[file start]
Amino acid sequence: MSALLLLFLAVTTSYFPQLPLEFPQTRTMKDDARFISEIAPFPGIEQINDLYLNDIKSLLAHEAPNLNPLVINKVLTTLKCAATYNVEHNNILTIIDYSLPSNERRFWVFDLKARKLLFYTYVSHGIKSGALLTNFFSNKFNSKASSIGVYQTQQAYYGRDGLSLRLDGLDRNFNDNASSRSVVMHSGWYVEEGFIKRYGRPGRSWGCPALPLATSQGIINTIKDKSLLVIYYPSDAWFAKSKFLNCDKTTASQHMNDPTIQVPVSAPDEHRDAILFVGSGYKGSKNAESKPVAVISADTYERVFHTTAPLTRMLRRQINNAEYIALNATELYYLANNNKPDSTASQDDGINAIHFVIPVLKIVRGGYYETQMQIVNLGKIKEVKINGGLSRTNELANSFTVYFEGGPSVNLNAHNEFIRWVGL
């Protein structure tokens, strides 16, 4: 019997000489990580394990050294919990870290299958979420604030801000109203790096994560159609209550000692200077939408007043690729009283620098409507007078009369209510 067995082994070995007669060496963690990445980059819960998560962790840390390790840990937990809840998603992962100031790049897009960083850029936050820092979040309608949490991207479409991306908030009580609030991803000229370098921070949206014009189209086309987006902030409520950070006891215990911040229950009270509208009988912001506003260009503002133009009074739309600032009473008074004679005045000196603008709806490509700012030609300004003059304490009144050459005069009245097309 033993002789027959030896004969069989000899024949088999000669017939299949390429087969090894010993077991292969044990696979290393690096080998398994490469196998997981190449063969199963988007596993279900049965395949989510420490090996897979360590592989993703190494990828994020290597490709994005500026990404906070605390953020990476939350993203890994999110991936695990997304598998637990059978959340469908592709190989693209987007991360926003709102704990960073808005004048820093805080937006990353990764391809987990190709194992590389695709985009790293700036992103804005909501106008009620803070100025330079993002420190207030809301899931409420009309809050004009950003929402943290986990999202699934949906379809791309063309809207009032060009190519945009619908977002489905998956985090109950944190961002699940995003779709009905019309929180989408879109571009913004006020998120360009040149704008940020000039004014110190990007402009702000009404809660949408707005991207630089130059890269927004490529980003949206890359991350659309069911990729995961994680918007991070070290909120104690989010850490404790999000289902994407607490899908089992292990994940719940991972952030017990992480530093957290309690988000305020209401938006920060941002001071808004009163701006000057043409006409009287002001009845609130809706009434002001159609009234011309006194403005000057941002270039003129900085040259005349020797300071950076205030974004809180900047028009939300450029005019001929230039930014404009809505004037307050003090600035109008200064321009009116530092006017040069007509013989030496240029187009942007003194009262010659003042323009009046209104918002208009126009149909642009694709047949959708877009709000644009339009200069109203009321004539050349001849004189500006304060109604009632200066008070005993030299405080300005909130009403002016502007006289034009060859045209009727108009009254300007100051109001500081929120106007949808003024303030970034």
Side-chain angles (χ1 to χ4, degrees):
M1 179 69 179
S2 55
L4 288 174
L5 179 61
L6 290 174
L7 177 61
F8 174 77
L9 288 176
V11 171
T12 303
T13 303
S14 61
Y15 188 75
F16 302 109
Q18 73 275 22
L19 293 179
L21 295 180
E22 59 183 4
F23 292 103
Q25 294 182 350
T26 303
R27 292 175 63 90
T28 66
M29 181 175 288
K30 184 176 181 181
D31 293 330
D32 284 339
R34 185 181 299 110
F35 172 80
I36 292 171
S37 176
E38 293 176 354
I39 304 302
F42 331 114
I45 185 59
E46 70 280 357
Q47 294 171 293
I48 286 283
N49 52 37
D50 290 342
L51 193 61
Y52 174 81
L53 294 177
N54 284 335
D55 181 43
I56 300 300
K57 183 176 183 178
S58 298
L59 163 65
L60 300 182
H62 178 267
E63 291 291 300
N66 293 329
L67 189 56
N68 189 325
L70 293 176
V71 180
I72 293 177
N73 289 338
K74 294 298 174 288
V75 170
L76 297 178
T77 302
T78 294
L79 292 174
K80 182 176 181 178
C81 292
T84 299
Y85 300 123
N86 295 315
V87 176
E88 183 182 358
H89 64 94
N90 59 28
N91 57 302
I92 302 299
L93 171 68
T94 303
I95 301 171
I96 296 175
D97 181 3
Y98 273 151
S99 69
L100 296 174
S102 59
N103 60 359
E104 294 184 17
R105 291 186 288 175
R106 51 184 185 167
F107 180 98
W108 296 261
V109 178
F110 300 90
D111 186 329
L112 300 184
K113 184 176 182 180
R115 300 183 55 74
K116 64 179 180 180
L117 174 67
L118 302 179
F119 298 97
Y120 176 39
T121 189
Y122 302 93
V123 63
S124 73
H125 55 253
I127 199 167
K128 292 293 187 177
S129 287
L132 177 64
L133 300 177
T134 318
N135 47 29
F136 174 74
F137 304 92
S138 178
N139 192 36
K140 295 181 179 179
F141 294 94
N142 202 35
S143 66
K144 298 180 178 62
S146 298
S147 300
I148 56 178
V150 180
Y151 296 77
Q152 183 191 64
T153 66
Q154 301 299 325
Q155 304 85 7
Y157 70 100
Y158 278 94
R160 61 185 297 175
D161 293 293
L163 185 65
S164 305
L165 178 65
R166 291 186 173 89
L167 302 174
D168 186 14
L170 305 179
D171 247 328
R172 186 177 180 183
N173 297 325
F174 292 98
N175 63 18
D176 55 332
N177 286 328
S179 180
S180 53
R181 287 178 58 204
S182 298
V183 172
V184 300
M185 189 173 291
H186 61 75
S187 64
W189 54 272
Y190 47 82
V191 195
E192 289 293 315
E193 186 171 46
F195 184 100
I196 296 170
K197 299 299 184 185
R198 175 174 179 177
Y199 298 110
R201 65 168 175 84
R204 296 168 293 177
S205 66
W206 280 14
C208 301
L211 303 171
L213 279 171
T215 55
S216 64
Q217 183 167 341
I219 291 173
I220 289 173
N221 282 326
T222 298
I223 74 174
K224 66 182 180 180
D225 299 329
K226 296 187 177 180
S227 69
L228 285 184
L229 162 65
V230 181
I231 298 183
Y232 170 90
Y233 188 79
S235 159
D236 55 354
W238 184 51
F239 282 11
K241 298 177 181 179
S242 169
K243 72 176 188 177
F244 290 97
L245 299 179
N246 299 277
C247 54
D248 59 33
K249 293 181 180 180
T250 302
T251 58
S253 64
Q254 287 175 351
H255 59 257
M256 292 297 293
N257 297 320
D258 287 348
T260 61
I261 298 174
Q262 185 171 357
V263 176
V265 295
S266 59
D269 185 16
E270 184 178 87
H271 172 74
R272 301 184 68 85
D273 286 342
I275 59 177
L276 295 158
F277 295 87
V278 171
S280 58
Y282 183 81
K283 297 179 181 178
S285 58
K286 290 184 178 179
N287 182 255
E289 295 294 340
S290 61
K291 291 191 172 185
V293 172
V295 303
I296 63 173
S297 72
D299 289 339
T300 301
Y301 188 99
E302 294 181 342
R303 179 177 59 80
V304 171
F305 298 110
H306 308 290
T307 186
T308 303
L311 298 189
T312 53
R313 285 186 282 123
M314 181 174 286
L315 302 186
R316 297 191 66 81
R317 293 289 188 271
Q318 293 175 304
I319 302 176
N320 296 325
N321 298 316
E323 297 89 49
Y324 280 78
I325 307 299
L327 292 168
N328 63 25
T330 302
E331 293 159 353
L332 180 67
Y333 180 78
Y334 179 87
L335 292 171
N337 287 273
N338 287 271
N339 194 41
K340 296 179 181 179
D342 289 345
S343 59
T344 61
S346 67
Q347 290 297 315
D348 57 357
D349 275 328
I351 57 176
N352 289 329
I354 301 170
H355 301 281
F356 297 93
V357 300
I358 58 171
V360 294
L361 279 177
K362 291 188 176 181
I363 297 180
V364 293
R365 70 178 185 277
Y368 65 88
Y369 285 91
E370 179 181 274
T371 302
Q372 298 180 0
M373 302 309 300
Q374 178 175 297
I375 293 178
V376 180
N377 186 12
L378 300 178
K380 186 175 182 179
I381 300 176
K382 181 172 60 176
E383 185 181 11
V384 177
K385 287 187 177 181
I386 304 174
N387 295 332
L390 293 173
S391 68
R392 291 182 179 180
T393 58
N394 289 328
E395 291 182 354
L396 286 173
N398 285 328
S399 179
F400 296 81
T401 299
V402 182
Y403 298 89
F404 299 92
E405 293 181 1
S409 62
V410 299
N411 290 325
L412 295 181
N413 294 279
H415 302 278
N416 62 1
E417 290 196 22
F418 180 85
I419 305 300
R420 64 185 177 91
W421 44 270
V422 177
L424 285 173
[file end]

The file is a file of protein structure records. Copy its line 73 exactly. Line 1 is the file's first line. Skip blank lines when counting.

N86 295 315